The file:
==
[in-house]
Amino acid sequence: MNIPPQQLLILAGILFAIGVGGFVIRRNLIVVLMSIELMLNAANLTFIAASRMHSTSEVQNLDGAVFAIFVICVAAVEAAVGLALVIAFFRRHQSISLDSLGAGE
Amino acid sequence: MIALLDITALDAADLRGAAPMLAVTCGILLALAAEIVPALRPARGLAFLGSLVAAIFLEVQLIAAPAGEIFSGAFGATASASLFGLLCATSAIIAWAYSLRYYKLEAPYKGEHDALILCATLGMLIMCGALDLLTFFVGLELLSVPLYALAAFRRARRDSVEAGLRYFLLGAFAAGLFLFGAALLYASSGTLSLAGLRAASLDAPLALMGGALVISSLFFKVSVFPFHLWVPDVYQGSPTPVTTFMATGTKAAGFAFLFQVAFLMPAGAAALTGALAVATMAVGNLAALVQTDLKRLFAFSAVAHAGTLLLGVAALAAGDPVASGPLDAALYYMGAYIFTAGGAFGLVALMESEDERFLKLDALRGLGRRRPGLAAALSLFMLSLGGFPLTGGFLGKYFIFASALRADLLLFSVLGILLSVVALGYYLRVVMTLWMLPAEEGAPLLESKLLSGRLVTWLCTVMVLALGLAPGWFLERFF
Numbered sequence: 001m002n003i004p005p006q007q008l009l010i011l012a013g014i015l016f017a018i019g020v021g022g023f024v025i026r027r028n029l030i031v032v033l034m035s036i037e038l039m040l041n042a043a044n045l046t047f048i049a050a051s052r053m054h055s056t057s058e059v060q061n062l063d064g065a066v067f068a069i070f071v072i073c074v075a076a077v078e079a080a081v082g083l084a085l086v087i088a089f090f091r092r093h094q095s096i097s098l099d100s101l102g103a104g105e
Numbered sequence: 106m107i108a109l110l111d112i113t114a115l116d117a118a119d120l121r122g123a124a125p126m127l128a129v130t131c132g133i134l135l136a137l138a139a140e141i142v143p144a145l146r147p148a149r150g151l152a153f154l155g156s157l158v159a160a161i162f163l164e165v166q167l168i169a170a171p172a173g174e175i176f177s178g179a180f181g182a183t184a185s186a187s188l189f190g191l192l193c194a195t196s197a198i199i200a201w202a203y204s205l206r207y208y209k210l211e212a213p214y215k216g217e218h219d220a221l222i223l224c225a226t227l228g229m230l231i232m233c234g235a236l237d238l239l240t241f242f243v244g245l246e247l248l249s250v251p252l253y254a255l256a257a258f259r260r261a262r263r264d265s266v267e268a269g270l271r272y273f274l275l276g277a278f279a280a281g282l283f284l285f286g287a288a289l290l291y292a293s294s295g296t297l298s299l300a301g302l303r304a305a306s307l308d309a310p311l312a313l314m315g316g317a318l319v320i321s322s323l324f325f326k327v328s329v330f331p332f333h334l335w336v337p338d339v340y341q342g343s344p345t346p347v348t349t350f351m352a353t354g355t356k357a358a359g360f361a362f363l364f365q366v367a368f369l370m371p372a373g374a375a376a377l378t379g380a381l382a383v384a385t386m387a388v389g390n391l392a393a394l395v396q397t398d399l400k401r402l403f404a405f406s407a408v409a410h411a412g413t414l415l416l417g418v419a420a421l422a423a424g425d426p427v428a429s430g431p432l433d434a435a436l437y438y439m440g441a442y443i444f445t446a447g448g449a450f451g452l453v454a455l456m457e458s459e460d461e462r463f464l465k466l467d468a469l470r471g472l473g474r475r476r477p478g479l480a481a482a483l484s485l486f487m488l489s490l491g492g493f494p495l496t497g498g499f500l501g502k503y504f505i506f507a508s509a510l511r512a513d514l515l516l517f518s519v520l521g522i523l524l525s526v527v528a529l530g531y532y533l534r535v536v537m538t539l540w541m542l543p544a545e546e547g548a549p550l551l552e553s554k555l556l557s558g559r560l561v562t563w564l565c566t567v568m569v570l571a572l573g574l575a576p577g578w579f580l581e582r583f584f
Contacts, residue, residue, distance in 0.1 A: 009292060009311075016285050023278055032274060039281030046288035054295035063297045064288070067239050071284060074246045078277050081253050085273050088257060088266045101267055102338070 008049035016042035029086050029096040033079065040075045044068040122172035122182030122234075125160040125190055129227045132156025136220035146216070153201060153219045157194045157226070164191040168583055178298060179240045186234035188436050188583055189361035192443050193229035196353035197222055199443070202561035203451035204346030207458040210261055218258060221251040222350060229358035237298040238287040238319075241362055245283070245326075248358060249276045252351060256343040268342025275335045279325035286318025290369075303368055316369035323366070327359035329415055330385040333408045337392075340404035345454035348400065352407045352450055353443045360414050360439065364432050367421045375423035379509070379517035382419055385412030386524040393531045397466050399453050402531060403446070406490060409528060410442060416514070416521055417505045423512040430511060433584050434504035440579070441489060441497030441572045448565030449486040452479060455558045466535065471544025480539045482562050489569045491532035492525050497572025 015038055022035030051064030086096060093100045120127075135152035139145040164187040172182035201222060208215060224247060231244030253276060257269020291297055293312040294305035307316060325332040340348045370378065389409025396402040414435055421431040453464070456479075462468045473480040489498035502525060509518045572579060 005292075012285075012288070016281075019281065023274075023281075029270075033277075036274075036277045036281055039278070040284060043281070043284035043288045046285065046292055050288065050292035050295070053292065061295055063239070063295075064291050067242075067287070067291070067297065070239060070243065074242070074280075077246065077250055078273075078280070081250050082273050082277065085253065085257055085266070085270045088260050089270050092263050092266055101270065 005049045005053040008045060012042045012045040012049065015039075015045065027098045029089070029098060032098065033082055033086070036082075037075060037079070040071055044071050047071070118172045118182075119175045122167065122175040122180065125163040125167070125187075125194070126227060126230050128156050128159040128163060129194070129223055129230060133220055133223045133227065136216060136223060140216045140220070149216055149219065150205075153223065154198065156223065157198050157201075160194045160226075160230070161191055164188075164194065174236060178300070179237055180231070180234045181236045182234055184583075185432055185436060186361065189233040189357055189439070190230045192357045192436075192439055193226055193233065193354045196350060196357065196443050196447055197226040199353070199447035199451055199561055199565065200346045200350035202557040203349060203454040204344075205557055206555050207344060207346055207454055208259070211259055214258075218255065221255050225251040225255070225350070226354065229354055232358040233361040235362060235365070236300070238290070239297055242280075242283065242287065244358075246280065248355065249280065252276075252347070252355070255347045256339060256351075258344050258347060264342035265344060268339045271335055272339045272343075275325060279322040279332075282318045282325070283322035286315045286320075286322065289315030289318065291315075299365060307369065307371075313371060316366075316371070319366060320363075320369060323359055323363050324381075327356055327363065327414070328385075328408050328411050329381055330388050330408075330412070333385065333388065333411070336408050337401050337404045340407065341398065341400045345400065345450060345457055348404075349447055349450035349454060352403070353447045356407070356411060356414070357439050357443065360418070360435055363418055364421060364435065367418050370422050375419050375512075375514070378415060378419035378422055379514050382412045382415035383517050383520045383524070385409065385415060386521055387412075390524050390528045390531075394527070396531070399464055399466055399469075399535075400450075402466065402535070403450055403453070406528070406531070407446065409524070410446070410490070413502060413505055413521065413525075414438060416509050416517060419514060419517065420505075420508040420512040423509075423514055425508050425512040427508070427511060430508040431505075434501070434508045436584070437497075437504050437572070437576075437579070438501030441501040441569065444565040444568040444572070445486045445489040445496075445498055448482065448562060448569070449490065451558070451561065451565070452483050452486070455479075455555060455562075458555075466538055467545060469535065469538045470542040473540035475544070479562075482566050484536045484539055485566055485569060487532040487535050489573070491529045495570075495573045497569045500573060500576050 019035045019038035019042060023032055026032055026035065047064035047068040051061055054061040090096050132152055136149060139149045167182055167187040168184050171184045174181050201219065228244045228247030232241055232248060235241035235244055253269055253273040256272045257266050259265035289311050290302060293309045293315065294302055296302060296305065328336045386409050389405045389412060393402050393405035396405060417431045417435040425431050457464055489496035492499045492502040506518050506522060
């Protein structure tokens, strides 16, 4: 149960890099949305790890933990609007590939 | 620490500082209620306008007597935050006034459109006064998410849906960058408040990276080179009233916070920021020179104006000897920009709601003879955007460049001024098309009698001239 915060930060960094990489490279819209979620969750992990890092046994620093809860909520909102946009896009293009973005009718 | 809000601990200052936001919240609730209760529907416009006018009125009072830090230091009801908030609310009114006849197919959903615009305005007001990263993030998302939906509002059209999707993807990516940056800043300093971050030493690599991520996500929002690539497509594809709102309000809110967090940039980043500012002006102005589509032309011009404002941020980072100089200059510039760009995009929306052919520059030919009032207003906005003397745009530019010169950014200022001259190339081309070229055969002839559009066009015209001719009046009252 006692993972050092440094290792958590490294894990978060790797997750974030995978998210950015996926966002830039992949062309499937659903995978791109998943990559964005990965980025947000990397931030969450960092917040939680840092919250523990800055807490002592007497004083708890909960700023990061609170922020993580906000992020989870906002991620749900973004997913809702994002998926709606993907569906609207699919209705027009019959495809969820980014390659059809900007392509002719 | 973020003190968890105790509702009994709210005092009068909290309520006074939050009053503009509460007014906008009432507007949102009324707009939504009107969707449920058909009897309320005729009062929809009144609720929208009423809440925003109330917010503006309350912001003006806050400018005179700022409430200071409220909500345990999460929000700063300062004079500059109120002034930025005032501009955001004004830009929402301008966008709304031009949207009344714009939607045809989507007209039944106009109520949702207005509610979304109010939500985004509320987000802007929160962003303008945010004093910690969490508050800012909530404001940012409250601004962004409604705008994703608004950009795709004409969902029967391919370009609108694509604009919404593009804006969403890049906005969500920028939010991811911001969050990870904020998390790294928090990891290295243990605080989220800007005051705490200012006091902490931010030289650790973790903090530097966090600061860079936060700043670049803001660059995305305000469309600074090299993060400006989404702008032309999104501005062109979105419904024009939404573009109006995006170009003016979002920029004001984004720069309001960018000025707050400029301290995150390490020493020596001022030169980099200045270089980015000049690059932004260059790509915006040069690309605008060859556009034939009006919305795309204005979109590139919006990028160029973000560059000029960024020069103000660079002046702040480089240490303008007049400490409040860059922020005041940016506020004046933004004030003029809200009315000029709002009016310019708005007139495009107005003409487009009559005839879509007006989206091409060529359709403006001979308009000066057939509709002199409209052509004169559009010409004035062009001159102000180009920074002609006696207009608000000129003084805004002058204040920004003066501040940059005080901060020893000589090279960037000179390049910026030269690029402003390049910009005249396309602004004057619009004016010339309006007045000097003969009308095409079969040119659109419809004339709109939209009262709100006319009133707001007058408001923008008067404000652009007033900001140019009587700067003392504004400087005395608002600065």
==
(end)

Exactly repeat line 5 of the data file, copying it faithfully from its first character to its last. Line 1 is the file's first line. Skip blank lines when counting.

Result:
Numbered sequence: 106m107i108a109l110l111d112i113t114a115l116d117a118a119d120l121r122g123a124a125p126m127l128a129v130t131c132g133i134l135l136a137l138a139a140e141i142v143p144a145l146r147p148a149r150g151l152a153f154l155g156s157l158v159a160a161i162f163l164e165v166q167l168i169a170a171p172a173g174e175i176f177s178g179a180f181g182a183t184a185s186a187s188l189f190g191l192l193c194a195t196s197a198i199i200a201w202a203y204s205l206r207y208y209k210l211e212a213p214y215k216g217e218h219d220a221l222i223l224c225a226t227l228g229m230l231i232m233c234g235a236l237d238l239l240t241f242f243v244g245l246e247l248l249s250v251p252l253y254a255l256a257a258f259r260r261a262r263r264d265s266v267e268a269g270l271r272y273f274l275l276g277a278f279a280a281g282l283f284l285f286g287a288a289l290l291y292a293s294s295g296t297l298s299l300a301g302l303r304a305a306s307l308d309a310p311l312a313l314m315g316g317a318l319v320i321s322s323l324f325f326k327v328s329v330f331p332f333h334l335w336v337p338d339v340y341q342g343s344p345t346p347v348t349t350f351m352a353t354g355t356k357a358a359g360f361a362f363l364f365q366v367a368f369l370m371p372a373g374a375a376a377l378t379g380a381l382a383v384a385t386m387a388v389g390n391l392a393a394l395v396q397t398d399l400k401r402l403f404a405f406s407a408v409a410h411a412g413t414l415l416l417g418v419a420a421l422a423a424g425d426p427v428a429s430g431p432l433d434a435a436l437y438y439m440g441a442y443i444f445t446a447g448g449a450f451g452l453v454a455l456m457e458s459e460d461e462r463f464l465k466l467d468a469l470r471g472l473g474r475r476r477p478g479l480a481a482a483l484s485l486f487m488l489s490l491g492g493f494p495l496t497g498g499f500l501g502k503y504f505i506f507a508s509a510l511r512a513d514l515l516l517f518s519v520l521g522i523l524l525s526v527v528a529l530g531y532y533l534r535v536v537m538t539l540w541m542l543p544a545e546e547g548a549p550l551l552e553s554k555l556l557s558g559r560l561v562t563w564l565c566t567v568m569v570l571a572l573g574l575a576p577g578w579f580l581e582r583f584f